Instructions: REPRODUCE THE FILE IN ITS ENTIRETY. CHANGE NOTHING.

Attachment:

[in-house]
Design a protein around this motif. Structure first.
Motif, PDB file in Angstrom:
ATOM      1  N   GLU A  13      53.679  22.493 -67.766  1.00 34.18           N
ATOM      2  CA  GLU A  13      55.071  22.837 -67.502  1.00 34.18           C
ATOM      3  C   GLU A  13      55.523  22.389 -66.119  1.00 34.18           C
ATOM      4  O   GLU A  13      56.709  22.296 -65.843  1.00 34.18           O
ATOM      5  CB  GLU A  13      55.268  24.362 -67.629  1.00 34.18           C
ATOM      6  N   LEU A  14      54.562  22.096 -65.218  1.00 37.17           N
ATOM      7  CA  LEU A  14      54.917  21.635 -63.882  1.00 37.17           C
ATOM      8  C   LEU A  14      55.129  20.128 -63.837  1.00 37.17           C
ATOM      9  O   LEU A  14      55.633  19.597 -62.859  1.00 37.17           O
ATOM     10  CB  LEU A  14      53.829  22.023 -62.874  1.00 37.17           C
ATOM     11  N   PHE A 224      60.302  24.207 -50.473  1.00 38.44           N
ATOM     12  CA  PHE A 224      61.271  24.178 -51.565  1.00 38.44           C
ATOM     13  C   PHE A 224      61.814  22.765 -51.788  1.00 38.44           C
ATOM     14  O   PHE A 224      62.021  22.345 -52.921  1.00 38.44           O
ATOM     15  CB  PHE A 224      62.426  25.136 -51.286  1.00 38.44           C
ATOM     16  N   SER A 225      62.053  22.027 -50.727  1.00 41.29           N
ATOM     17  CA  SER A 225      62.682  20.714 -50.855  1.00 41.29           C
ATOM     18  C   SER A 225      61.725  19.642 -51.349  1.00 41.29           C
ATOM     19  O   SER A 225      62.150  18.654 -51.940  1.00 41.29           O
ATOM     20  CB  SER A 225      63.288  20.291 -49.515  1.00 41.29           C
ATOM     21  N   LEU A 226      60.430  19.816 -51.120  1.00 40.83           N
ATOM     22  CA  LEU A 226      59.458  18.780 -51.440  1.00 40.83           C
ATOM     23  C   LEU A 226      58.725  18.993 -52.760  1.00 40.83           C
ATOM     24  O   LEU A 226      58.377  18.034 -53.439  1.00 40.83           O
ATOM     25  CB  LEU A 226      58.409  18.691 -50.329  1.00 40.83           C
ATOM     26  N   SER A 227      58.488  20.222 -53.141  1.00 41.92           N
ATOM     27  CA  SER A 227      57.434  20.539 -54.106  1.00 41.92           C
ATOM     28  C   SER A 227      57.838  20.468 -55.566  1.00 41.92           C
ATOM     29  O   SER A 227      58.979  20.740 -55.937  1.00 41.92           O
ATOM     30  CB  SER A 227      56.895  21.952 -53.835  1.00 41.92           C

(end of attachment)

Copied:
[in-house]
Design a protein around this motif. Structure first.
Motif, PDB file in Angstrom:
ATOM      1  N   GLU A  13      53.679  22.493 -67.766  1.00 34.18           N
ATOM      2  CA  GLU A  13      55.071  22.837 -67.502  1.00 34.18           C
ATOM      3  C   GLU A  13      55.523  22.389 -66.119  1.00 34.18           C
ATOM      4  O   GLU A  13      56.709  22.296 -65.843  1.00 34.18           O
ATOM      5  CB  GLU A  13      55.268  24.362 -67.629  1.00 34.18           C
ATOM      6  N   LEU A  14      54.562  22.096 -65.218  1.00 37.17           N
ATOM      7  CA  LEU A  14      54.917  21.635 -63.882  1.00 37.17           C
ATOM      8  C   LEU A  14      55.129  20.128 -63.837  1.00 37.17           C
ATOM      9  O   LEU A  14      55.633  19.597 -62.859  1.00 37.17           O
ATOM     10  CB  LEU A  14      53.829  22.023 -62.874  1.00 37.17           C
ATOM     11  N   PHE A 224      60.302  24.207 -50.473  1.00 38.44           N
ATOM     12  CA  PHE A 224      61.271  24.178 -51.565  1.00 38.44           C
ATOM     13  C   PHE A 224      61.814  22.765 -51.788  1.00 38.44           C
ATOM     14  O   PHE A 224      62.021  22.345 -52.921  1.00 38.44           O
ATOM     15  CB  PHE A 224      62.426  25.136 -51.286  1.00 38.44           C
ATOM     16  N   SER A 225      62.053  22.027 -50.727  1.00 41.29           N
ATOM     17  CA  SER A 225      62.682  20.714 -50.855  1.00 41.29           C
ATOM     18  C   SER A 225      61.725  19.642 -51.349  1.00 41.29           C
ATOM     19  O   SER A 225      62.150  18.654 -51.940  1.00 41.29           O
ATOM     20  CB  SER A 225      63.288  20.291 -49.515  1.00 41.29           C
ATOM     21  N   LEU A 226      60.430  19.816 -51.120  1.00 40.83           N
ATOM     22  CA  LEU A 226      59.458  18.780 -51.440  1.00 40.83           C
ATOM     23  C   LEU A 226      58.725  18.993 -52.760  1.00 40.83           C
ATOM     24  O   LEU A 226      58.377  18.034 -53.439  1.00 40.83           O
ATOM     25  CB  LEU A 226      58.409  18.691 -50.329  1.00 40.83           C
ATOM     26  N   SER A 227      58.488  20.222 -53.141  1.00 41.92           N
ATOM     27  CA  SER A 227      57.434  20.539 -54.106  1.00 41.92           C
ATOM     28  C   SER A 227      57.838  20.468 -55.566  1.00 41.92           C
ATOM     29  O   SER A 227      58.979  20.740 -55.937  1.00 41.92           O
ATOM     30  CB  SER A 227      56.895  21.952 -53.835  1.00 41.92           C